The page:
traction. It ended without incident, as we were still upright. I was
glad when we made our way back into Idaho
and the rain began to dissipate. As we arrived in Burley, Idaho at about , we decided to have a Subway sub at the gas stationed
we pulled into. This gave us a chance to dry out and relax for 20 minutes. It
had been a long, wet and cold day with more miles still to drive.
We left Idaho and drove
into Utah. I
find Utah one of the most beautiful states in the USA.
After 3 dry hours, the storm clouds in the
distance, over the snow covered mountains, looked very ominous. We rode through
beautiful mountains and through towns with names such as: Snowville. The
scenery was beautiful and I took lots of pictures. We followed a State Trooper
almost all the way into Salt Lake City.
This kept us following the speed limit, but made for good, clear pictures. The
rain began again as we rode through the mountains. It turned to sleet for a few
miles. We stopped for gas and Jeff noticed that the
ABS warning light was on. The brakes were
still working fine. He purchased an extra brake light bulb, just in case. I figured that a
connection was simply wet and causing the problem. The gear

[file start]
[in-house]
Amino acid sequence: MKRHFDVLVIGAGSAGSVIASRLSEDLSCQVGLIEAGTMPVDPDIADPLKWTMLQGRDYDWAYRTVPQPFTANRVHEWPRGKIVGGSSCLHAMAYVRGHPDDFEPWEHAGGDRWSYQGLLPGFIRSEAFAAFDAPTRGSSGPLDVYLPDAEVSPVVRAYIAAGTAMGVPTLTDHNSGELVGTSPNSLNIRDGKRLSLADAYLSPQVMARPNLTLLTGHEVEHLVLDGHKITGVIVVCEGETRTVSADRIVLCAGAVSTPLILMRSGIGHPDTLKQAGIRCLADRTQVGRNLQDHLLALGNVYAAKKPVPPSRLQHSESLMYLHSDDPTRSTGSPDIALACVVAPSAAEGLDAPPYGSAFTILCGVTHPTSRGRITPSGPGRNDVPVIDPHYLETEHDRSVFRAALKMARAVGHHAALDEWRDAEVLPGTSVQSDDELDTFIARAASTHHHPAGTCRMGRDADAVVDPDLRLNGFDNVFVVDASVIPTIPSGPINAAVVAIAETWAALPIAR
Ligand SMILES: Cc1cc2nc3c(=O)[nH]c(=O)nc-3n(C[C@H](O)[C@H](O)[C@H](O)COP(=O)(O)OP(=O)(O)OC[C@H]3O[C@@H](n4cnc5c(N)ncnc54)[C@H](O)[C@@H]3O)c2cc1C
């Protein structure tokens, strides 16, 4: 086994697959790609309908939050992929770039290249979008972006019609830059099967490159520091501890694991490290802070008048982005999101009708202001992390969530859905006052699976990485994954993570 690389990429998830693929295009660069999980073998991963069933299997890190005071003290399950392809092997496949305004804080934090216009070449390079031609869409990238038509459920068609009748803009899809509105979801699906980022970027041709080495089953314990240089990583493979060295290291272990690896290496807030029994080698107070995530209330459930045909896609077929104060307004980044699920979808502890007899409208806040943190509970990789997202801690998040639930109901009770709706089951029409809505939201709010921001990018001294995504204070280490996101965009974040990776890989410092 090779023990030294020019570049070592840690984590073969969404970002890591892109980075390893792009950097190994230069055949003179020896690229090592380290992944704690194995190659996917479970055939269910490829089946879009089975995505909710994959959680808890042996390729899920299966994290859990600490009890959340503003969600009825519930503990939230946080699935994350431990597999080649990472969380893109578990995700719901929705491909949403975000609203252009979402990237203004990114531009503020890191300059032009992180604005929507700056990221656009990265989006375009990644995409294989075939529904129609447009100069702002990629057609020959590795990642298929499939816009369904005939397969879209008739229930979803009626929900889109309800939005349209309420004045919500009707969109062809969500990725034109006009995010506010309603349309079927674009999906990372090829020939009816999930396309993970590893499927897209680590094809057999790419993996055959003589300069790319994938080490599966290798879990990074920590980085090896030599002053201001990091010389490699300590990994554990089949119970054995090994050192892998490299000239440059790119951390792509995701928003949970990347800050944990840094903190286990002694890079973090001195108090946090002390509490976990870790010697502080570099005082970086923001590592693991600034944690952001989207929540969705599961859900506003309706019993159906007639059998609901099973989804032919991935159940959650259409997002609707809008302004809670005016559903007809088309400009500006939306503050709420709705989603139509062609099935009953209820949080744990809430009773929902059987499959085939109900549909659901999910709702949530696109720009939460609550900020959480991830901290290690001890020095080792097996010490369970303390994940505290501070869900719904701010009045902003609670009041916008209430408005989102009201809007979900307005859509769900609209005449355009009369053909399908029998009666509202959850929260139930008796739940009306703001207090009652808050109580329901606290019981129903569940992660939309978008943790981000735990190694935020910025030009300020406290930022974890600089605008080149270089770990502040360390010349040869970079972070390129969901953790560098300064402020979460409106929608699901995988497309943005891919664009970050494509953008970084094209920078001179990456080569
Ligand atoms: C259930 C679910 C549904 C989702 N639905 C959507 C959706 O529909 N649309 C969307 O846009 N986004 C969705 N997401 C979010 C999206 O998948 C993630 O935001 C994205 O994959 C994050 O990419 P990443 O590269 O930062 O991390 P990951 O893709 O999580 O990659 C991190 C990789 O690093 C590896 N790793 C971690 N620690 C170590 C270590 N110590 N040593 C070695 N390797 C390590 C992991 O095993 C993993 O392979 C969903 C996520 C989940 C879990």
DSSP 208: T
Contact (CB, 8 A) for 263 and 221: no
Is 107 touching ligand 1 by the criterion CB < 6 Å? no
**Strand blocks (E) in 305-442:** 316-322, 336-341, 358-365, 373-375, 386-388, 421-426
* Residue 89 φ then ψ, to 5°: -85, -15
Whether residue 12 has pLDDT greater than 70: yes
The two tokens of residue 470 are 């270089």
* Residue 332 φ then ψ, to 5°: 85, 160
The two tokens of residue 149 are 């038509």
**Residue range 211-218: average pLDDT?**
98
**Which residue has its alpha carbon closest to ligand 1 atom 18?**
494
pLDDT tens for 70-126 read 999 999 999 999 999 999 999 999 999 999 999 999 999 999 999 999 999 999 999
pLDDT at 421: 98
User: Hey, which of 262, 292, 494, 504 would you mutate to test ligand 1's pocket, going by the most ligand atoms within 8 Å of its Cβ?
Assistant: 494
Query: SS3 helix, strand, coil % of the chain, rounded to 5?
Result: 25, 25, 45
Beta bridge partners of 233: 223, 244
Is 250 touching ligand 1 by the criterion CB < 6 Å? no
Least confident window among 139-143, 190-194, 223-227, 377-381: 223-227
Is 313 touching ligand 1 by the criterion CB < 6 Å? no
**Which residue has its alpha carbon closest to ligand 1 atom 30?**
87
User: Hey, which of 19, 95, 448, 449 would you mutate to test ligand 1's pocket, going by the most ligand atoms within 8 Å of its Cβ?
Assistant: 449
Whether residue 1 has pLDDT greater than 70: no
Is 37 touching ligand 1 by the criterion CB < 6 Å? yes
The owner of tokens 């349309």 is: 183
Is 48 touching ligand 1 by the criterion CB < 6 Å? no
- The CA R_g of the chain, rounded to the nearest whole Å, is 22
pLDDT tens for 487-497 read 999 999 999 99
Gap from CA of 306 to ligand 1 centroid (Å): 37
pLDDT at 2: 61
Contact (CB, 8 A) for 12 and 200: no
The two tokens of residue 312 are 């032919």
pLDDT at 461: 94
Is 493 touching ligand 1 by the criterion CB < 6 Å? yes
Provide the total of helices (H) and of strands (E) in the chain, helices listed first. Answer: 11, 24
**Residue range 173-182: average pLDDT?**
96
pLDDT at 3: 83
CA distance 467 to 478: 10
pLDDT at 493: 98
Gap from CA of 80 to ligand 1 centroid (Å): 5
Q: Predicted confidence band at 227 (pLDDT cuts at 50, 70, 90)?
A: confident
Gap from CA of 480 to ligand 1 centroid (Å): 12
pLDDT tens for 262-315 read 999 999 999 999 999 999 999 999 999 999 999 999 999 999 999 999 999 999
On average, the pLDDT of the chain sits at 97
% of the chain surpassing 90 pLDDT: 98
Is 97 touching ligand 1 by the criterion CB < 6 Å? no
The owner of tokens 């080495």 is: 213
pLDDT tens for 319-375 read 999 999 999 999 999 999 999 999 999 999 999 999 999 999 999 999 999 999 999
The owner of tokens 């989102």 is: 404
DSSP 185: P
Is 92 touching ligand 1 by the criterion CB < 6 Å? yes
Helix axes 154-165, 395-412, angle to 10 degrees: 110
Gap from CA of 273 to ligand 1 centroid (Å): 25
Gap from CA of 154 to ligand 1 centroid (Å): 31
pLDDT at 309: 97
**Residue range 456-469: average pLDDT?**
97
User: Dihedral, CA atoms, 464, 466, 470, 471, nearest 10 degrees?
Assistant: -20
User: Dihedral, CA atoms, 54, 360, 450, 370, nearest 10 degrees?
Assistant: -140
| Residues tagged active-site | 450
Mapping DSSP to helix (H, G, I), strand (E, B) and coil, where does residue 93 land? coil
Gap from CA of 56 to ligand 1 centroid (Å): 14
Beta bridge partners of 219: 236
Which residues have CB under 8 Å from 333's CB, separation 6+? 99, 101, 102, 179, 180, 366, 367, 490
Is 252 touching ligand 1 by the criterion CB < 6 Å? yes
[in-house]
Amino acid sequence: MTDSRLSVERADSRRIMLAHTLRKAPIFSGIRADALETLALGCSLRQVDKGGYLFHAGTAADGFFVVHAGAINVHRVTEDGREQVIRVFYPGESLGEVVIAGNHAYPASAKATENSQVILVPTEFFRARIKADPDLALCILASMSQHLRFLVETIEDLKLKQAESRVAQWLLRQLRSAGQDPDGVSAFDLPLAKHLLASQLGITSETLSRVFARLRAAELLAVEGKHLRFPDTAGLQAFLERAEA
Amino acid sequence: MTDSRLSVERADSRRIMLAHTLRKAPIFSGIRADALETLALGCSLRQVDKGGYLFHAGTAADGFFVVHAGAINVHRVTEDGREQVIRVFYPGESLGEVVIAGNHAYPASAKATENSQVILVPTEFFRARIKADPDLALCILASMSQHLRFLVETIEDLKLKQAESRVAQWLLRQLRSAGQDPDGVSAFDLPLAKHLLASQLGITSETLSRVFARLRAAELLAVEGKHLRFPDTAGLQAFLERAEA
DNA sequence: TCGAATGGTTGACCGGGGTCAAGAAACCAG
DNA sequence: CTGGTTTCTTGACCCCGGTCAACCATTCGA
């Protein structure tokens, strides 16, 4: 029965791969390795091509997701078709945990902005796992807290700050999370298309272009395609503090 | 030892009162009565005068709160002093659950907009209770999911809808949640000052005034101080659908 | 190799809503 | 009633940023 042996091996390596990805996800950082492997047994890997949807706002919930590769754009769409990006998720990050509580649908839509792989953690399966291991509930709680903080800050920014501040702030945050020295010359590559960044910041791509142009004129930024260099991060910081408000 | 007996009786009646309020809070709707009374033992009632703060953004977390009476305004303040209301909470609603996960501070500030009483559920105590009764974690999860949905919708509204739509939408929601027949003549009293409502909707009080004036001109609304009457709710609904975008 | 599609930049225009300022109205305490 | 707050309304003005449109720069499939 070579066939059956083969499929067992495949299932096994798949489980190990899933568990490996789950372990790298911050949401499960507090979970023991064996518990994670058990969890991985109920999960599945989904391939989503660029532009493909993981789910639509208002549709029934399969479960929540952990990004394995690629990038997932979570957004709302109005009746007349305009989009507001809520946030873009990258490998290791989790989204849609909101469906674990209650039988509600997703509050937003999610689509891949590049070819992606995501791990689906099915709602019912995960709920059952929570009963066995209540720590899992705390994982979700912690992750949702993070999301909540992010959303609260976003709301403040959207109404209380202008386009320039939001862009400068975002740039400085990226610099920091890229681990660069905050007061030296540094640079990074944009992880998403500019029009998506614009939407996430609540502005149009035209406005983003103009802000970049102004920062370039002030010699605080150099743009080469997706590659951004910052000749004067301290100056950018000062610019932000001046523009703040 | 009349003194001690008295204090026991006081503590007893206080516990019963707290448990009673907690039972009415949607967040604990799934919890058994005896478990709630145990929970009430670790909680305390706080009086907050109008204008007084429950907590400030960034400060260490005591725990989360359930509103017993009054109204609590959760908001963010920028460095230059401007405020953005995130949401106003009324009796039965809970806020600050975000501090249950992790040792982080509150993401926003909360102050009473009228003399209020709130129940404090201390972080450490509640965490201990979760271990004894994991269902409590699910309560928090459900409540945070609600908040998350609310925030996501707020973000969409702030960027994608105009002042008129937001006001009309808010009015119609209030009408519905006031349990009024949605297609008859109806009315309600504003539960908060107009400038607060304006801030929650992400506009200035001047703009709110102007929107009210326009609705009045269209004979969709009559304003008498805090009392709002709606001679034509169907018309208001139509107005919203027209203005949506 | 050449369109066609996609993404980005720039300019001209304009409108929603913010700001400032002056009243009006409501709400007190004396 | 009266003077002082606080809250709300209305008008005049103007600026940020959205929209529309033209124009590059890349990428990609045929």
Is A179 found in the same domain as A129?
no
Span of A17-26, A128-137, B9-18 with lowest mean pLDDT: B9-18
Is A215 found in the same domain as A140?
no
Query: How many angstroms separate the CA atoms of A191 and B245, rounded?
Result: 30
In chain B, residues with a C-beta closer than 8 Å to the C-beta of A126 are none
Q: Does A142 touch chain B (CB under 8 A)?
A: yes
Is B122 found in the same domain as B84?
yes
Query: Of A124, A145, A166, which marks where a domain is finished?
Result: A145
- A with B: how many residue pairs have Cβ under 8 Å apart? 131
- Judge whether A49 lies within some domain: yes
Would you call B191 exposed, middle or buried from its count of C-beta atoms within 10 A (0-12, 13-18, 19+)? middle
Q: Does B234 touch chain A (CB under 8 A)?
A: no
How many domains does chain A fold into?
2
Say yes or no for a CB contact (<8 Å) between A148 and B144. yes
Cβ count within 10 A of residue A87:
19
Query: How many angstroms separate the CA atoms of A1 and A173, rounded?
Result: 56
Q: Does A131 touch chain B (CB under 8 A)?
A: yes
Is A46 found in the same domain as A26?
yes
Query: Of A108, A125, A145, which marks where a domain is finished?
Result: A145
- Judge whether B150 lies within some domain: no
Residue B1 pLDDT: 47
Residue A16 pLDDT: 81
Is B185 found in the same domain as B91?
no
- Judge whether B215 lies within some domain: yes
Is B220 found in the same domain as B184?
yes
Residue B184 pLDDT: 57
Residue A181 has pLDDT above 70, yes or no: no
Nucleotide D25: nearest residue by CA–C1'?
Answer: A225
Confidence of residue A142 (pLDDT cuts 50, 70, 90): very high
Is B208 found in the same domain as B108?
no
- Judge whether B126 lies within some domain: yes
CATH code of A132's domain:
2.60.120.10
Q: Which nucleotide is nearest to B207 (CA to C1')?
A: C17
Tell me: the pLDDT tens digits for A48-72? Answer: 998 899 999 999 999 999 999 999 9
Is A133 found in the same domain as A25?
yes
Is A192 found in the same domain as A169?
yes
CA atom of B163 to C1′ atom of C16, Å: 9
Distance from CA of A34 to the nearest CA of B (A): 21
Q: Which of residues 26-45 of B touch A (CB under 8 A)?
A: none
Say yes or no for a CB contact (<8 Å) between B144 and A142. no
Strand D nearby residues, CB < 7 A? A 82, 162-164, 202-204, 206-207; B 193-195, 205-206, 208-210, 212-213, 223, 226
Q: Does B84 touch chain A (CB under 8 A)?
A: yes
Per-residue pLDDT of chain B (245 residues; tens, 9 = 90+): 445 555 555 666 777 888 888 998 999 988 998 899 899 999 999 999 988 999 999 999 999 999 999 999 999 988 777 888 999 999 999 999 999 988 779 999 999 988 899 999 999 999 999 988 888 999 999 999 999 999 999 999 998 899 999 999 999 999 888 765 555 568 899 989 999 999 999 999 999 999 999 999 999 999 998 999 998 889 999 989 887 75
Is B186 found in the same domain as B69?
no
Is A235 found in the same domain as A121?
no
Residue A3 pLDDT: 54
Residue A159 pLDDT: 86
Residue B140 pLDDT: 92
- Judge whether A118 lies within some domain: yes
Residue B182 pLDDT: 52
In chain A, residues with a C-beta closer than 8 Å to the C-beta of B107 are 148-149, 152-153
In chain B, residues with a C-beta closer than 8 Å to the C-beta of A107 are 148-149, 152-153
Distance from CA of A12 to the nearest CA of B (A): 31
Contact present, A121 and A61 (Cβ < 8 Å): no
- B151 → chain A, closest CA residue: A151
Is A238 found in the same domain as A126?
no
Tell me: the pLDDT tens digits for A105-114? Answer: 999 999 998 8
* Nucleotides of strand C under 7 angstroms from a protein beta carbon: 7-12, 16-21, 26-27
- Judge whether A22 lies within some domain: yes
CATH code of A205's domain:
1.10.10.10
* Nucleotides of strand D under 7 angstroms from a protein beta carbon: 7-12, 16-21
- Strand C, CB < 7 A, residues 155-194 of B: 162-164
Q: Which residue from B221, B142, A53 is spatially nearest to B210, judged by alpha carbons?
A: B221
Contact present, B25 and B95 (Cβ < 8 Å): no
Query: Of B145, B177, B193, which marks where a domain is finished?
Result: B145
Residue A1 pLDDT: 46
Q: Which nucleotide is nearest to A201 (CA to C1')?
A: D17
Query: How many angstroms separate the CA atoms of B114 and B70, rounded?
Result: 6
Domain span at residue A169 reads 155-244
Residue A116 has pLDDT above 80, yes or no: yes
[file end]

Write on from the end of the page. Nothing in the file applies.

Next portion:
indicator was also stuck in 4th
gear. Perhaps this was also a result of all the rain. Neither issue was of any
great concern. Jeff said the Metzler ME880 tires were
a ‘little squirrelly’ in the wet.
Finally, we pulled under the canopy of our Comfort Inn, just
outside of Salt Lake City, in Layton, Utah.
Right at this moment, the sky really opened up and it began to pour. There was loud
thunder and plenty of lightening. We were both glad to be stopped for the
night. We checked in, unpacked and laid out our gear to dry. It had been a very
long, wet, cold 953 miles, due to the poor
weather conditions. We showered and were off to sleep. Day 3 was complete.
Day 4 May 30, 2008
Like the three previous days, Screaming Meanie told us it
was time to get up at .
This was going to be the highest mileage day of the trip. We needed to be up
and out. Today we chose mesh gear, as the weather was hot and humid. We drove
with daylight showcasing the beautiful red
rocks. This made for some great pictures. There was a bit of road construction,
but nothing too bad. We hit Las Vegas
during rush hour. It was a hot wait in traffic, but led to good pictures. By , we were in sunny California. Gas was
$5.45gal. We filled up with gas and bought a small bottle
of Johnny Walker, anticipating that we might want some by the end of the day…
We traveled through Arizona
and New Mexico.
The day was hot, but uneventful. We were both excited to check into our Comfort
Inn in Albuquerque, NMknowing that we had just completed 1100 miles, with
no rain and no issues. We would be able to sleep in (until
), in the morning